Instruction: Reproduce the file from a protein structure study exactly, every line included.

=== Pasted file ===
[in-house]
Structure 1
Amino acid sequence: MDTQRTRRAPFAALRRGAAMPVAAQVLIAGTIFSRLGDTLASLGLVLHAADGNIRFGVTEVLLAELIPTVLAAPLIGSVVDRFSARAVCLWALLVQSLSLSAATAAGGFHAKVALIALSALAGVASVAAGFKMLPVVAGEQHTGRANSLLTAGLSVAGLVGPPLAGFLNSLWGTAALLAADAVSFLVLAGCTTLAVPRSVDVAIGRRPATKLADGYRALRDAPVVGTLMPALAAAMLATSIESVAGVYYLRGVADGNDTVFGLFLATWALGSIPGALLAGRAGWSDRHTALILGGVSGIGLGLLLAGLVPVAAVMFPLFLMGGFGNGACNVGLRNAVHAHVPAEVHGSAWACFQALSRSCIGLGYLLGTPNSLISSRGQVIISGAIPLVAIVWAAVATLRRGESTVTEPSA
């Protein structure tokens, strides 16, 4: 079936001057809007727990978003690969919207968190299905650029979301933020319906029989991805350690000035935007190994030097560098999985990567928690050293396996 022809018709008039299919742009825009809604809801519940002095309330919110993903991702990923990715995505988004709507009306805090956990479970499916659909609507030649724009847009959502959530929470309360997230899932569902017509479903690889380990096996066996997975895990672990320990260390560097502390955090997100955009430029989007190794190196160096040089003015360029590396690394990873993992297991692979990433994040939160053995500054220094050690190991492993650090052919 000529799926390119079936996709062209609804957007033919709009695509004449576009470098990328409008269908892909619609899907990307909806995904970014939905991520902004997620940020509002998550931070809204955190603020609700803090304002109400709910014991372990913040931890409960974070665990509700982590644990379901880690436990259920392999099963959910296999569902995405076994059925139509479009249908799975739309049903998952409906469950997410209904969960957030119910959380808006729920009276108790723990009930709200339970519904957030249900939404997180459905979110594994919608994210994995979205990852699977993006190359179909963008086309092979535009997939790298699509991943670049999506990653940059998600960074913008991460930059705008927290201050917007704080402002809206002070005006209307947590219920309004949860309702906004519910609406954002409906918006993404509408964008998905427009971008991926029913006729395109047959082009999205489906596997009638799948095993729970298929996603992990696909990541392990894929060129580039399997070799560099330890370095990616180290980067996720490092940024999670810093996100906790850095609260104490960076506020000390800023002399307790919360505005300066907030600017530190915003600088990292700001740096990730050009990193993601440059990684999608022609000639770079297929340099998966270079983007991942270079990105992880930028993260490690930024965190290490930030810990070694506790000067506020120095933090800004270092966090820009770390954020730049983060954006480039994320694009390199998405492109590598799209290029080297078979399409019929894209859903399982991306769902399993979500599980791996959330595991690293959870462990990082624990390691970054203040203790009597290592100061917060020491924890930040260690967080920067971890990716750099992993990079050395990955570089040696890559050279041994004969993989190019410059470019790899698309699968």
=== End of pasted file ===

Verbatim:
[in-house]
Structure 1
Amino acid sequence: MDTQRTRRAPFAALRRGAAMPVAAQVLIAGTIFSRLGDTLASLGLVLHAADGNIRFGVTEVLLAELIPTVLAAPLIGSVVDRFSARAVCLWALLVQSLSLSAATAAGGFHAKVALIALSALAGVASVAAGFKMLPVVAGEQHTGRANSLLTAGLSVAGLVGPPLAGFLNSLWGTAALLAADAVSFLVLAGCTTLAVPRSVDVAIGRRPATKLADGYRALRDAPVVGTLMPALAAAMLATSIESVAGVYYLRGVADGNDTVFGLFLATWALGSIPGALLAGRAGWSDRHTALILGGVSGIGLGLLLAGLVPVAAVMFPLFLMGGFGNGACNVGLRNAVHAHVPAEVHGSAWACFQALSRSCIGLGYLLGTPNSLISSRGQVIISGAIPLVAIVWAAVATLRRGESTVTEPSA
């Protein structure tokens, strides 16, 4: 079936001057809007727990978003690969919207968190299905650029979301933020319906029989991805350690000035935007190994030097560098999985990567928690050293396996 022809018709008039299919742009825009809604809801519940002095309330919110993903991702990923990715995505988004709507009306805090956990479970499916659909609507030649724009847009959502959530929470309360997230899932569902017509479903690889380990096996066996997975895990672990320990260390560097502390955090997100955009430029989007190794190196160096040089003015360029590396690394990873993992297991692979990433994040939160053995500054220094050690190991492993650090052919 000529799926390119079936996709062209609804957007033919709009695509004449576009470098990328409008269908892909619609899907990307909806995904970014939905991520902004997620940020509002998550931070809204955190603020609700803090304002109400709910014991372990913040931890409960974070665990509700982590644990379901880690436990259920392999099963959910296999569902995405076994059925139509479009249908799975739309049903998952409906469950997410209904969960957030119910959380808006729920009276108790723990009930709200339970519904957030249900939404997180459905979110594994919608994210994995979205990852699977993006190359179909963008086309092979535009997939790298699509991943670049999506990653940059998600960074913008991460930059705008927290201050917007704080402002809206002070005006209307947590219920309004949860309702906004519910609406954002409906918006993404509408964008998905427009971008991926029913006729395109047959082009999205489906596997009638799948095993729970298929996603992990696909990541392990894929060129580039399997070799560099330890370095990616180290980067996720490092940024999670810093996100906790850095609260104490960076506020000390800023002399307790919360505005300066907030600017530190915003600088990292700001740096990730050009990193993601440059990684999608022609000639770079297929340099998966270079983007991942270079990105992880930028993260490690930024965190290490930030810990070694506790000067506020120095933090800004270092966090820009770390954020730049983060954006480039994320694009390199998405492109590598799209290029080297078979399409019929894209859903399982991306769902399993979500599980791996959330595991690293959870462990990082624990390691970054203040203790009597290592100061917060020491924890930040260690967080920067971890990716750099992993990079050395990955570089040696890559050279041994004969993989190019410059470019790899698309699968």